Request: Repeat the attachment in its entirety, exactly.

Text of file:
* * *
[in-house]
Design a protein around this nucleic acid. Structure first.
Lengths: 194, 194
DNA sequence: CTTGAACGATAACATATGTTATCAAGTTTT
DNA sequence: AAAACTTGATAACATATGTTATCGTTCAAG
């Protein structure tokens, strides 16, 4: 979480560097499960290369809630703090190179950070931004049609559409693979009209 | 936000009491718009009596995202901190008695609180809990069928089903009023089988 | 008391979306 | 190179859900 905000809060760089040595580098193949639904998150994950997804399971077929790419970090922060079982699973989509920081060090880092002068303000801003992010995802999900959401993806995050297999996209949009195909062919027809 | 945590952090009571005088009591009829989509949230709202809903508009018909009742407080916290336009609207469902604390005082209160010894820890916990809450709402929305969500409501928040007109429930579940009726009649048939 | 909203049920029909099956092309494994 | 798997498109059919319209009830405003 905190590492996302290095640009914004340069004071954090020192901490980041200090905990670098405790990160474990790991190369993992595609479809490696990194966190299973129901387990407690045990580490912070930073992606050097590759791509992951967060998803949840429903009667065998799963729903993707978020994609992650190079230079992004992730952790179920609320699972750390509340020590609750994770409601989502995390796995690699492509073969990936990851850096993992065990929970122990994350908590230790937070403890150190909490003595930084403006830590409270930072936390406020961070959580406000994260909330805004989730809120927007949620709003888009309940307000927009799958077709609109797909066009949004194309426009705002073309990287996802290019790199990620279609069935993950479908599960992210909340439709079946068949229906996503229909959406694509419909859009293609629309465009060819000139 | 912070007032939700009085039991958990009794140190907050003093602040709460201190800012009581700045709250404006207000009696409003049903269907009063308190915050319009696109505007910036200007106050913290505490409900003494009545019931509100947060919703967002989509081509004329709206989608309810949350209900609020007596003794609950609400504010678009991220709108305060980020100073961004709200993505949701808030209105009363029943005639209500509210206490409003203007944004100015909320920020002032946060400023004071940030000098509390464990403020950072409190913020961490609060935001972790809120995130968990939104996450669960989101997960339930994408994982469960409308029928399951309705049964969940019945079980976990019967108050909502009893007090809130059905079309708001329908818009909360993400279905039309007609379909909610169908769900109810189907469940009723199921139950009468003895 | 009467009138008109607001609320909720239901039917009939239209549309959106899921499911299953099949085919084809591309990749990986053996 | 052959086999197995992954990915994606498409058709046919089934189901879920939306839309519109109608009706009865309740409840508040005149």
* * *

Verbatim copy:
[in-house]
Design a protein around this nucleic acid. Structure first.
Lengths: 194, 194
DNA sequence: CTTGAACGATAACATATGTTATCAAGTTTT
DNA sequence: AAAACTTGATAACATATGTTATCGTTCAAG
């Protein structure tokens, strides 16, 4: 979480560097499960290369809630703090190179950070931004049609559409693979009209 | 936000009491718009009596995202901190008695609180809990069928089903009023089988 | 008391979306 | 190179859900 905000809060760089040595580098193949639904998150994950997804399971077929790419970090922060079982699973989509920081060090880092002068303000801003992010995802999900959401993806995050297999996209949009195909062919027809 | 945590952090009571005088009591009829989509949230709202809903508009018909009742407080916290336009609207469902604390005082209160010894820890916990809450709402929305969500409501928040007109429930579940009726009649048939 | 909203049920029909099956092309494994 | 798997498109059919319209009830405003 905190590492996302290095640009914004340069004071954090020192901490980041200090905990670098405790990160474990790991190369993992595609479809490696990194966190299973129901387990407690045990580490912070930073992606050097590759791509992951967060998803949840429903009667065998799963729903993707978020994609992650190079230079992004992730952790179920609320699972750390509340020590609750994770409601989502995390796995690699492509073969990936990851850096993992065990929970122990994350908590230790937070403890150190909490003595930084403006830590409270930072936390406020961070959580406000994260909330805004989730809120927007949620709003888009309940307000927009799958077709609109797909066009949004194309426009705002073309990287996802290019790199990620279609069935993950479908599960992210909340439709079946068949229906996503229909959406694509419909859009293609629309465009060819000139 | 912070007032939700009085039991958990009794140190907050003093602040709460201190800012009581700045709250404006207000009696409003049903269907009063308190915050319009696109505007910036200007106050913290505490409900003494009545019931509100947060919703967002989509081509004329709206989608309810949350209900609020007596003794609950609400504010678009991220709108305060980020100073961004709200993505949701808030209105009363029943005639209500509210206490409003203007944004100015909320920020002032946060400023004071940030000098509390464990403020950072409190913020961490609060935001972790809120995130968990939104996450669960989101997960339930994408994982469960409308029928399951309705049964969940019945079980976990019967108050909502009893007090809130059905079309708001329908818009909360993400279905039309007609379909909610169908769900109810189907469940009723199921139950009468003895 | 009467009138008109607001609320909720239901039917009939239209549309959106899921499911299953099949085919084809591309990749990986053996 | 052959086999197995992954990915994606498409058709046919089934189901879920939306839309519109109608009706009865309740409840508040005149």